University of Kentucky moves to close a Chinese cultural center, citing concerns over federal funding

Confucius Institute building (Kreeder13/WikiCommons)

The University of Kentucky will close its Confucius Institute, an on-campus Chinese language and cultural center, the school’s president said in an email to campus on Wednesday.

Citing the possibility of jeopardizing federal research funding from the Department of Defense, UK President Eli Capilouto announced the closure of the university’s Confucius Institute, which has operated on campus since 2010. Nine of the university’s colleges receive “significant DOD research and academic funding,” Capilouto wrote.

In the last five years, UK has received nearly $50 million in DOD funding, Capilouto wrote.

The specific federal law which may jeopardize that funding is the National Defense Authorization Act of 2021, UK spokesperson Jay Blanton said. The law is an annual military appropriations bill which became law earlier this year after Congress overturned a veto from former President Donald Trump.

According to the law, colleges and universities are barred from receiving DOD funding if they host a Confucius Institute, unless the school receives a waiver from the Secretary of Defense.

“We didn’t make this decision lightly. Our international partnerships — now and in the future — are critical to who we are as an institution with global reach and aspirations,” Capilouto wrote. “Yet, we cannot allow the crosscurrents of federal policy and geopolitics — important issues in their own right — to jeopardize our research and service efforts.”

In the coming months, the university will evaluate its partnerships and programs through the institute and will “work to implement a transition plan,” Capilouto wrote. Blanton said no decisions have been made on what to do with the institute’s on-campus space which sits in the same building as the Lucille Caudill Little Fine Arts Library.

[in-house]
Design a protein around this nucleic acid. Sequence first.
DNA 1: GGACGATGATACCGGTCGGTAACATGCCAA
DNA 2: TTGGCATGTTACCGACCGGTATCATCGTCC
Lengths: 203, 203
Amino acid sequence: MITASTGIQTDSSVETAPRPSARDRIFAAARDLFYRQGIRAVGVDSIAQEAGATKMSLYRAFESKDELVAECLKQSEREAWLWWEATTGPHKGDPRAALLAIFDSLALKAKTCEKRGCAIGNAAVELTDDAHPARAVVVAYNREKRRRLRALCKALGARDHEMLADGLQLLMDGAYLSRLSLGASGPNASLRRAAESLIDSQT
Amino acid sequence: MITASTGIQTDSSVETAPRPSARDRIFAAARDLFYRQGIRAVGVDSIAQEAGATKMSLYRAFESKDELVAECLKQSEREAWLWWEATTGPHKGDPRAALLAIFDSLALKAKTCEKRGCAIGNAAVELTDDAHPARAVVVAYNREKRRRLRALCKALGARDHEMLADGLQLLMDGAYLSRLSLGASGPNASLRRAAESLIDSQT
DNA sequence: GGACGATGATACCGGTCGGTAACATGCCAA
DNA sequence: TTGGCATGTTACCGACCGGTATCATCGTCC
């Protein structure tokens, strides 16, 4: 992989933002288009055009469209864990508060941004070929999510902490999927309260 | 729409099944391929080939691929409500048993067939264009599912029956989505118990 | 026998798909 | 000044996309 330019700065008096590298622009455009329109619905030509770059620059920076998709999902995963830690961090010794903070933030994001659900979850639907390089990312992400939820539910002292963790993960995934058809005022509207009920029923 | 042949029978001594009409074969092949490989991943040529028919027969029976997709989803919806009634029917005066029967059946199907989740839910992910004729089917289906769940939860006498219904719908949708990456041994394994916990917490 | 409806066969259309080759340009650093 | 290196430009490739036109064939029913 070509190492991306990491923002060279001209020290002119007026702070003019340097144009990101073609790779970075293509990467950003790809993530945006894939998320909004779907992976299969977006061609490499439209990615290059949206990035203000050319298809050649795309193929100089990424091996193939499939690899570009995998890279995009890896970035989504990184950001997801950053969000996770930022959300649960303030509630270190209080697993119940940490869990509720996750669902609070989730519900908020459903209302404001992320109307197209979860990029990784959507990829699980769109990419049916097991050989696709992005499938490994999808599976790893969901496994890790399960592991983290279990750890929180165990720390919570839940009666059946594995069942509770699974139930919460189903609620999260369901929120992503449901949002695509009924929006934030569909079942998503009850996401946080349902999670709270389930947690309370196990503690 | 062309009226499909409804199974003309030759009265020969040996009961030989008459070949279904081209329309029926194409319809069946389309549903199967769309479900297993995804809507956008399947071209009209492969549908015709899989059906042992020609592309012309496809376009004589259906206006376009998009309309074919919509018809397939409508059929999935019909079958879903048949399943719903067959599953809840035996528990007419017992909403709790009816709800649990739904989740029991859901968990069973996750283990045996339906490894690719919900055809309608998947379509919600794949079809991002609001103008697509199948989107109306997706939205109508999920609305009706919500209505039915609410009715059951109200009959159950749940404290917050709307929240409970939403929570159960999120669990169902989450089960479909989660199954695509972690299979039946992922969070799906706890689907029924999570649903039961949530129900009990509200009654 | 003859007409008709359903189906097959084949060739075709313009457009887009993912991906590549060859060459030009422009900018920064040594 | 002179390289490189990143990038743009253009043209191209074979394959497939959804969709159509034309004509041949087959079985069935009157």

For years, federal officials have raised concern over the institutes which are reportedly funded by the Chinese government. In 2019, a bipartisan Senate report called on colleges to close their Confucius Institutes, Politico reported. A growing number of schools — including Western Kentucky University — have closed or severed ties with their on-campus Confucius Institutes as tensions between the U.S. and China have continued.

“There is growing and strong federal regulatory concern regarding Confucius Institutes,” Capilouto wrote in his Tuesday email. “That is simply a facet of ongoing tensions between our two countries.”

The closure should not overshadow “the significant contributions” the institute has made in teaching Chinese language and cultural across Kentucky, Capilouto wrote.

“Key among these is the support it has provided for UK faculty and students and in making Chinese culture accessible to all at UK,” Capilouto wrote. “UKCI also has been the leader in providing Chinese language and culture learning in K-12 schools — schools in which such an opportunity had not existed — to enhance global awareness among Kentucky’s schoolchildren.”

Capilouto also acknowledged that closure comes at a time when “anti-Asian sentiment and, frankly, simply abhorrent behavior is on the rise. We must — and we do — stand by our colleagues and students from Asian countries. They are part of our community.”


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